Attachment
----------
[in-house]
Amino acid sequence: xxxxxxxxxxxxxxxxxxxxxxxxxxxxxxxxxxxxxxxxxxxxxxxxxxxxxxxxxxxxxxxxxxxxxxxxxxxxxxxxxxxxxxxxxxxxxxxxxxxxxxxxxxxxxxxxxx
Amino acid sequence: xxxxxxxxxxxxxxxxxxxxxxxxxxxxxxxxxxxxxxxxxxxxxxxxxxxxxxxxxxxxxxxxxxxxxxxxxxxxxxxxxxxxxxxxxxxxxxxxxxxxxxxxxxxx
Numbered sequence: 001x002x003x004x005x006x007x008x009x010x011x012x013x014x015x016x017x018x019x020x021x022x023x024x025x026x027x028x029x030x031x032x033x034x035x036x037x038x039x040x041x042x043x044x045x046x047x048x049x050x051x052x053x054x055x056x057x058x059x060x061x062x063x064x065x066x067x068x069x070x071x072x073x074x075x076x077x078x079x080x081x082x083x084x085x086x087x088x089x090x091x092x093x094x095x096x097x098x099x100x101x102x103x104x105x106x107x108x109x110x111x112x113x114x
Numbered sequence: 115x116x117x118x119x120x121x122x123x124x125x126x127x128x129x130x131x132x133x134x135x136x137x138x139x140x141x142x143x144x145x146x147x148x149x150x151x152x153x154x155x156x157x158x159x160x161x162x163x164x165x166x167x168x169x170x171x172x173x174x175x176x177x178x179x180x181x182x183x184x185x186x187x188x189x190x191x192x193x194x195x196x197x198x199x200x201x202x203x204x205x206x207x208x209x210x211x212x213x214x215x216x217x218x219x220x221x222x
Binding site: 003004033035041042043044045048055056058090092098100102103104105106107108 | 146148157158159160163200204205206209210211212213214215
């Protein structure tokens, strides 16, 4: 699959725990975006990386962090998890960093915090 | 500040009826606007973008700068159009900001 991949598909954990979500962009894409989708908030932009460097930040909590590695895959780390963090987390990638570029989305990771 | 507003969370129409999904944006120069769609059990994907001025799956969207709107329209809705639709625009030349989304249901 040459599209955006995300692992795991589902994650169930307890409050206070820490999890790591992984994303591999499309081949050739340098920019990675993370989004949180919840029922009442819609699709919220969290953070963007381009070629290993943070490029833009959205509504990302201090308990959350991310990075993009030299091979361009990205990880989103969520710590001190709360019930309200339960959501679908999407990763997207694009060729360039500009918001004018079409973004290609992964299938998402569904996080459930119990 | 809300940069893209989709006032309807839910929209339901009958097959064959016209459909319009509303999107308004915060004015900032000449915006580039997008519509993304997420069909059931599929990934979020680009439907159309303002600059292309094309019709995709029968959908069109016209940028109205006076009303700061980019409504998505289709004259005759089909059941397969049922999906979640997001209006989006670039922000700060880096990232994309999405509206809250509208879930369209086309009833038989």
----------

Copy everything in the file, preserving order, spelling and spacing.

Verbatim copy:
[in-house]
Amino acid sequence: xxxxxxxxxxxxxxxxxxxxxxxxxxxxxxxxxxxxxxxxxxxxxxxxxxxxxxxxxxxxxxxxxxxxxxxxxxxxxxxxxxxxxxxxxxxxxxxxxxxxxxxxxxxxxxxxxx
Amino acid sequence: xxxxxxxxxxxxxxxxxxxxxxxxxxxxxxxxxxxxxxxxxxxxxxxxxxxxxxxxxxxxxxxxxxxxxxxxxxxxxxxxxxxxxxxxxxxxxxxxxxxxxxxxxxxx
Numbered sequence: 001x002x003x004x005x006x007x008x009x010x011x012x013x014x015x016x017x018x019x020x021x022x023x024x025x026x027x028x029x030x031x032x033x034x035x036x037x038x039x040x041x042x043x044x045x046x047x048x049x050x051x052x053x054x055x056x057x058x059x060x061x062x063x064x065x066x067x068x069x070x071x072x073x074x075x076x077x078x079x080x081x082x083x084x085x086x087x088x089x090x091x092x093x094x095x096x097x098x099x100x101x102x103x104x105x106x107x108x109x110x111x112x113x114x
Numbered sequence: 115x116x117x118x119x120x121x122x123x124x125x126x127x128x129x130x131x132x133x134x135x136x137x138x139x140x141x142x143x144x145x146x147x148x149x150x151x152x153x154x155x156x157x158x159x160x161x162x163x164x165x166x167x168x169x170x171x172x173x174x175x176x177x178x179x180x181x182x183x184x185x186x187x188x189x190x191x192x193x194x195x196x197x198x199x200x201x202x203x204x205x206x207x208x209x210x211x212x213x214x215x216x217x218x219x220x221x222x
Binding site: 003004033035041042043044045048055056058090092098100102103104105106107108 | 146148157158159160163200204205206209210211212213214215
């Protein structure tokens, strides 16, 4: 699959725990975006990386962090998890960093915090 | 500040009826606007973008700068159009900001 991949598909954990979500962009894409989708908030932009460097930040909590590695895959780390963090987390990638570029989305990771 | 507003969370129409999904944006120069769609059990994907001025799956969207709107329209809705639709625009030349989304249901 040459599209955006995300692992795991589902994650169930307890409050206070820490999890790591992984994303591999499309081949050739340098920019990675993370989004949180919840029922009442819609699709919220969290953070963007381009070629290993943070490029833009959205509504990302201090308990959350991310990075993009030299091979361009990205990880989103969520710590001190709360019930309200339960959501679908999407990763997207694009060729360039500009918001004018079409973004290609992964299938998402569904996080459930119990 | 809300940069893209989709006032309807839910929209339901009958097959064959016209459909319009509303999107308004915060004015900032000449915006580039997008519509993304997420069909059931599929990934979020680009439907159309303002600059292309094309019709995709029968959908069109016209940028109205006076009303700061980019409504998505289709004259005759089909059941397969049922999906979640997001209006989006670039922000700060880096990232994309999405509206809250509208879930369209086309009833038989």